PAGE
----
(Islamabad) The Prime Minister of Pakistan, whose relations have largely cooled with India under the first two mandates of Narendra Modi, congratulated the Hindu nationalist prime minister in a short tweet on Monday the day after his swearing in.

“Congratulations to Narendra Modi on being sworn in as Prime Minister of India,” wrote Shehbaz Sharif.  

This tweet is the first comment from a senior Pakistani official since the announcement almost a week ago of the narrow victory of the alliance led by the outgoing head of government.

Mr Modi responded to the tweet, thanking him for his “good wishes”.

Born from the partition of British India in 1947, India and Pakistan have gone to war twice over Kashmir, a mountainous region divided between the two neighbors, who each claim its entirety.

In 2019, Narendra Modi removed the limited autonomy enjoyed by Indian Kashmir. The initiative, welcomed in India, pushed Pakistan to suspend bilateral trade and led to a deterioration of diplomatic relations with New Delhi.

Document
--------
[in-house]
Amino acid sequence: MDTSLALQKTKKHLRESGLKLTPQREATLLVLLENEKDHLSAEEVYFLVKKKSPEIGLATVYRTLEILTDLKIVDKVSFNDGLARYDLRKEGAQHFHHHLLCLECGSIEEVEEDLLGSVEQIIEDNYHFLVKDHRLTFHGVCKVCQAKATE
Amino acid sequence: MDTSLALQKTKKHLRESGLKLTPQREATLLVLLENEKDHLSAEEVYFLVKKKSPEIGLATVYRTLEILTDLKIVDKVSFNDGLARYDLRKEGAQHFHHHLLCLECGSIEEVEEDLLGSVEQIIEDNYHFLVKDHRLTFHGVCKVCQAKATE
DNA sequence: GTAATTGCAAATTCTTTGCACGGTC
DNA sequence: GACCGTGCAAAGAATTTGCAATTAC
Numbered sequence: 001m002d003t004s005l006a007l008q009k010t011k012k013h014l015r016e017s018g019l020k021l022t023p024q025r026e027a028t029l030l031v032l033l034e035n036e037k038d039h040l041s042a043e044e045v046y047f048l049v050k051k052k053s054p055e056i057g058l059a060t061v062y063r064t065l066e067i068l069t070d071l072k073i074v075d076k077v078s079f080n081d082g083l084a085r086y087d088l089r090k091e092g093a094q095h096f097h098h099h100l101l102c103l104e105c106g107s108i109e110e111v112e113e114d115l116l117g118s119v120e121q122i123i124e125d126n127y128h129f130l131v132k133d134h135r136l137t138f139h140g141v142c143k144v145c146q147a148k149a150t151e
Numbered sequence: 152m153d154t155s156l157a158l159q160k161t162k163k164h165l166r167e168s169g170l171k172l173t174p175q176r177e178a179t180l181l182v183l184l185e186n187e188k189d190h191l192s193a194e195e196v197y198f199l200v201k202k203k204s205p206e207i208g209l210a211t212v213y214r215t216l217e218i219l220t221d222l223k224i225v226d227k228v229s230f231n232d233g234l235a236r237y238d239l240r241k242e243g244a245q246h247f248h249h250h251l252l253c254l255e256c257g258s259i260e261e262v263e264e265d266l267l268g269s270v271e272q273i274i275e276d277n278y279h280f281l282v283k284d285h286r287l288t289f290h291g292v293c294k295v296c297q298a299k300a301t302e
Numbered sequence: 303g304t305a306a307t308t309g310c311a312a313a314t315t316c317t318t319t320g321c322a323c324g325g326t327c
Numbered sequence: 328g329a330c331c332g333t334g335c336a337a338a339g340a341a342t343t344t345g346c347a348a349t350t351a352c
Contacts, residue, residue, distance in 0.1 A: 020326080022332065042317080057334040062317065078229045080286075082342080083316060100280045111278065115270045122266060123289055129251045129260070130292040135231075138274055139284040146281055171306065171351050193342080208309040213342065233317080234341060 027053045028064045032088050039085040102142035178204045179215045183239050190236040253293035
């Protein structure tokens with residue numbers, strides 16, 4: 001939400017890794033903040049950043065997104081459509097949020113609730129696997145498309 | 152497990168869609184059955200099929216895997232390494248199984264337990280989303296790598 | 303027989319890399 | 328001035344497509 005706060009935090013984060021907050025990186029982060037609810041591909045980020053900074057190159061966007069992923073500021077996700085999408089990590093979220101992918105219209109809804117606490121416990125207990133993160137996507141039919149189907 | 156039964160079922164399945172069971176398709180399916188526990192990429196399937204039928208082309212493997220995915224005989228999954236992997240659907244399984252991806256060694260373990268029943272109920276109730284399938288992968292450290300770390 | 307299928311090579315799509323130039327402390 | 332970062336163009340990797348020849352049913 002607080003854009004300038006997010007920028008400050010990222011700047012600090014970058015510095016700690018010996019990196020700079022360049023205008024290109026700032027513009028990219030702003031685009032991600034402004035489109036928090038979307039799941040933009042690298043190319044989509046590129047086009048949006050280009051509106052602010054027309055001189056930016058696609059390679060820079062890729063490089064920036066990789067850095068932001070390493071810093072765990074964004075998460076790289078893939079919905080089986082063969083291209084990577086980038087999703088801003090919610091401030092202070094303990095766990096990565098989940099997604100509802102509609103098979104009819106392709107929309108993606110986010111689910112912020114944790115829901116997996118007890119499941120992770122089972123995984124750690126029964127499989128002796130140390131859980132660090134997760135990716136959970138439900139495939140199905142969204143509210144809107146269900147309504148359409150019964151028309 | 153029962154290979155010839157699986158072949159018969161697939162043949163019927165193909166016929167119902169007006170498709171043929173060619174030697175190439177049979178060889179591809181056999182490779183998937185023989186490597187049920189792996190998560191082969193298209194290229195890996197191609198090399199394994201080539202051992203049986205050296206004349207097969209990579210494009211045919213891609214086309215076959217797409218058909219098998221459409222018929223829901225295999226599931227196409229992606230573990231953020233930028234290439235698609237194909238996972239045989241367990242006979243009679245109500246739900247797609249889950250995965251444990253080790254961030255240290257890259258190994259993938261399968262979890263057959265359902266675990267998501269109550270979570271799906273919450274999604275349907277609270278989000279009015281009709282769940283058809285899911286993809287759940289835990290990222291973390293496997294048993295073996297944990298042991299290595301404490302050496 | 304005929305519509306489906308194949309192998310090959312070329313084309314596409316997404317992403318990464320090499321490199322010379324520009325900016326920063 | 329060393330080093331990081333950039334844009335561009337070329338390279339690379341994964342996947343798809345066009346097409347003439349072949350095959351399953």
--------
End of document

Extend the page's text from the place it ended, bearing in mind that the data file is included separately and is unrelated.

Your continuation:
The two rival countries regularly accuse each other of spying and supporting rebels in each other’s territory.

In 2014, Nawaz Sharif, brother of Shehbaz Sharif and then Pakistani prime minister, attended Mr. Modi’s first swearing-in. This time, Pakistan was not represented.

Nawaz Sharif, who is believed to continue to play an important role behind the scenes according to experts, for his part called on X to “replace hatred with hope”.

“The success of your party in the elections reflects the confidence that the people have in you,” he wrote to Mr. Modi.

Shehbaz Sharif has suggested he wants to improve relations with India but experts say Pakistan, which is one-sixth the size of India, has little scope for action.

If senior Pakistani officials have not commented on the Indian election, the local press has made headlines and editorials about it.

“With his election campaign focused on anti-Muslim and anti-Pakistan rhetoric, (Modi) clearly announced that under his mandate, Muslims would be politically weakened, impoverished and deprived of their rights,” a commentator recently accused in the daily of reference in English Dawn. While pleading despite everything to regain language.